A Special Message from Doug Ulman

Dear friends,

After 14 years with LIVESTRONG, I am embracing a new set of opportunities that allow me to continue my service to the cancer community and share what I’ve learned about cancer, health policy and patients’ needs with another group of devoted cancer fighters. My family and I will be relocating to Columbus, Ohio, at the end of the year where I will be the CEO of Pelotonia, a movement that has raised $80 million for cancer research in just six years. In addition, I will be an advisor to The Ohio State University’s Comprehensive Cancer Center, known as “The James.” I also look forward to becoming part of the vibrant business community in Columbus in multiple capacities.

Serving LIVESTRONG for the past 14 years has truly been an honor. I am grateful to the Foundation’s devoted team, its tireless supporters and faithful donors for their commitment to a mission that has served millions battling cancer. I am very proud and thankful for the progress we achieved together, advancing the fight against cancer and embracing a mission of service to survivors, their families and friends.

While I’m incredibly excited about what lies ahead, leaving the Foundation is a difficult decision both personally and professionally. Not only have I loved working with my colleagues, but I’ve also have had the privilege of meeting survivors, their families and friends who have inspired me. I am so proud of the work that we do and the impact that LIVESTRONG has every day.

When this opportunity came my way, I knew that I would be leaving an organization that is strong and poised for its next phase of growth and evolution. Our partnership with The University of Texas Dell Medical School establishing the LIVESTRONG Cancer Institutes is a game changer for the Foundation and for the way we serve cancer patients. It’s a chance to test and perfect what we’ve learned about patient-centered care, to spread new practices that improve outcomes for patients and their families and to be on the ground floor of a revolutionary undertaking.

For the past two years I’ve been devoted to making the dream of the LIVESTRONG Cancer Institutes a reality. The day we announced the launch of the Institutes was one of the proudest of my professional life. I have no doubt that someone with fresh eyes, steady hands, excellent experience and a temperament suited to the greatest non-profit culture in the U.S will be thrilled to help the Institutes succeed.

The Foundation will continue to use the knowledge we get from our daily interactions with cancer survivors – through such programs as our cancer navigation services, Camp Kesem for the kids of cancer patients, or our very successful LIVESTRONG at the YMCA program, which gets patients and survivors up and moving at their local Y’s. These free programs will continue to make a difference and serve as the models for much of our work designing the Institutes.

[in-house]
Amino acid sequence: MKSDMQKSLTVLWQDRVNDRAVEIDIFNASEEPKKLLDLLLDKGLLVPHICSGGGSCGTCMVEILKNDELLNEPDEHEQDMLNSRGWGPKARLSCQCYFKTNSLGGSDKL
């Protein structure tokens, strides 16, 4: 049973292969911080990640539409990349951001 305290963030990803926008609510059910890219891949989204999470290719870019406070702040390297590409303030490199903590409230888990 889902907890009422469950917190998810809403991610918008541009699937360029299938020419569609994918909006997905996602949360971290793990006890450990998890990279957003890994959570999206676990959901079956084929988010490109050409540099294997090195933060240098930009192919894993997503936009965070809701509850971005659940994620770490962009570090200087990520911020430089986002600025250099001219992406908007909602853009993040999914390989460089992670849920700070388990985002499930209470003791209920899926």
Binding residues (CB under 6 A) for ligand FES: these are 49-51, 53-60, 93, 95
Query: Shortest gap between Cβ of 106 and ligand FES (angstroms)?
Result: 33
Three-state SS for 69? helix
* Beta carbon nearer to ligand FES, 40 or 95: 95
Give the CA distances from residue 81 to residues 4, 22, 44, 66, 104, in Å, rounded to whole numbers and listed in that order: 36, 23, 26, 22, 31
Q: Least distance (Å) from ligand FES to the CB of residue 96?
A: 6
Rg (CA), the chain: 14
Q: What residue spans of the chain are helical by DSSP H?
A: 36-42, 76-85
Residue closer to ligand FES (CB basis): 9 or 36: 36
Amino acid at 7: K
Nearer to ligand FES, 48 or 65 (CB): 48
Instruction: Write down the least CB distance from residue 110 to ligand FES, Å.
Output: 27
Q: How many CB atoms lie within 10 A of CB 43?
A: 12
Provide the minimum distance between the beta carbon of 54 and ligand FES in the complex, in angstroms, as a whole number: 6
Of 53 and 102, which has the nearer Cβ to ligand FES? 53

I look back on what we’ve collectively achieved with both pride and humility.
•In 2004, we created the LIVESTRONG wristband, a moment that made global history and revolutionized charitable giving. For the first time, anyone in the world was able to instantly contribute to a cause and show their support for people affected by cancer.
•Later in that decade, we worked with many of our partners to secure passage of Prop 15 in Texas, a groundbreaking measure that established the largest fund for cancer prevention and research outside of the federal government.
•Together we crafted LIVESTRONG’s free patient navigation services, which help patients overcome the financial, practical, emotional and physical effects of cancer.
•And year after year, we have welcomed old friends and new supporters to the LIVESTRONG Challenge, which this year will be augmented with the culmination of the Big C social innovation competition on October 18 – work that was done hand-in-hand with survivors – seeing what the cancer community wants and needs and responding to them.

Some of the moments that remain the most precious to me happened during the Foundation’s toughest days when we found ourselves a reluctant part of a global dialogue that had little to do with our day-to-day mission. During those exhausting and anxious days, we were the recipients of friendship, grace and support that we never expected. I believe it changed all of us profoundly, brought us closer together and strengthened our devotion to our cause.

I will always support the Foundation and its outstanding free services for people affected by cancer and will remain sincerely and deeply grateful for the opportunity that Lance Armstrong and Jeff Garvey gave me to become a part of the LIVESTRONG mission. I appreciate the support that the entire board has shown me during my time as CEO and especially in recent days as we discussed this transition.

I will remain in my role as president and CEO of LIVESTRONG through the end of this year while the board conducts a search for the next leader of our Foundation. I look forward to the chance to celebrate with the people, patients, survivors and supporters of LIVESTRONG who I will always consider family.

Thank you again for 14 years of great memories and impact!

Forever grateful,
Doug Ulman